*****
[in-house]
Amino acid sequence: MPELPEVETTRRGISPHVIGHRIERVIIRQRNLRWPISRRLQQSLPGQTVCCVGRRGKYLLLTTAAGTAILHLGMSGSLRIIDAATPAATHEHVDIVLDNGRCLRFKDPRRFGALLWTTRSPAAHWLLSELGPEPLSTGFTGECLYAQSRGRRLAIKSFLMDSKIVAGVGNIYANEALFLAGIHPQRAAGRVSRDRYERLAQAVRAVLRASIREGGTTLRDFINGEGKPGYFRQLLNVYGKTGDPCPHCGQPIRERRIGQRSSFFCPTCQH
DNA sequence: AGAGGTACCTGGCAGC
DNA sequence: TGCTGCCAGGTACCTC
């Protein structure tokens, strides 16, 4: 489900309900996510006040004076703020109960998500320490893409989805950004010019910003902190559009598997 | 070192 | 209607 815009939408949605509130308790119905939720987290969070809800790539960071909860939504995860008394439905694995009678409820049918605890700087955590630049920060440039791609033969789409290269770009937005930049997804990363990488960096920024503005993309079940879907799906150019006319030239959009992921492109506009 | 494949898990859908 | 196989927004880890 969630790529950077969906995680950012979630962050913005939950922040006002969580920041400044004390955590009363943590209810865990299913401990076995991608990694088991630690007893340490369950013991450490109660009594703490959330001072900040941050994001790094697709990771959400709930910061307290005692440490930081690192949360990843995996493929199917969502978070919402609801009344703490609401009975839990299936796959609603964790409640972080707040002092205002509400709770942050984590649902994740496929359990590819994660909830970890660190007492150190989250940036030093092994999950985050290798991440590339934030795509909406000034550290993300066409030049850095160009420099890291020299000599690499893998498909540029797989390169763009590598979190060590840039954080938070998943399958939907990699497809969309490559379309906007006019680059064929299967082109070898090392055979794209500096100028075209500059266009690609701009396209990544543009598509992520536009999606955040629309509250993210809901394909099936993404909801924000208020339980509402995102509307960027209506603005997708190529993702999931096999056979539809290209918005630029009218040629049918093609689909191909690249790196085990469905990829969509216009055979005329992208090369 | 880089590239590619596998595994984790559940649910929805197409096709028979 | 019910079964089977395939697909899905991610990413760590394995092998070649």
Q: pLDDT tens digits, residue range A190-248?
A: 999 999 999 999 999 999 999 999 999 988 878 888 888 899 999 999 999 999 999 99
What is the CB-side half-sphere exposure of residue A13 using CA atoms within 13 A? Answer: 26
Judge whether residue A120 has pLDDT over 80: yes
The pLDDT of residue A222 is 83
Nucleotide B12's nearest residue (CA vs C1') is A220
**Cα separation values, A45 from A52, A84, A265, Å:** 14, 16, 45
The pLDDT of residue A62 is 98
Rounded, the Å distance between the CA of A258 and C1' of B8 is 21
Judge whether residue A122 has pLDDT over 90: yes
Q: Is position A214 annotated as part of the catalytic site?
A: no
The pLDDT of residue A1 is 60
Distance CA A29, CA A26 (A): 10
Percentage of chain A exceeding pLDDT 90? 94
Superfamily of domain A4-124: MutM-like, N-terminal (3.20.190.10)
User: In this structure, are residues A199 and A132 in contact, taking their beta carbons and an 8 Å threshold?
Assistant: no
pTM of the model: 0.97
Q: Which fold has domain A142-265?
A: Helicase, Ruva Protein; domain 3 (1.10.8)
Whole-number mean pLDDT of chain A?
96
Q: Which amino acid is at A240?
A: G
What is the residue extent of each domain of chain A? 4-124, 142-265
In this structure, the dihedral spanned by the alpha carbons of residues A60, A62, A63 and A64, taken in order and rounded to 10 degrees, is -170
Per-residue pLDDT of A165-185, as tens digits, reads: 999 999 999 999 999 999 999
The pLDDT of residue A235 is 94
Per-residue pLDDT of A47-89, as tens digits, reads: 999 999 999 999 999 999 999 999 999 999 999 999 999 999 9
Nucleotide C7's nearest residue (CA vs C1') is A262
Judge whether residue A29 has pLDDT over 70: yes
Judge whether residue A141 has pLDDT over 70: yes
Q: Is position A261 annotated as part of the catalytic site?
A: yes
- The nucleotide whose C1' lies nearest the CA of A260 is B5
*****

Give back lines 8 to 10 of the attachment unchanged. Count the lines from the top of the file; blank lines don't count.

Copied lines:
What is the CB-side half-sphere exposure of residue A13 using CA atoms within 13 A? Answer: 26
Judge whether residue A120 has pLDDT over 80: yes
The pLDDT of residue A222 is 83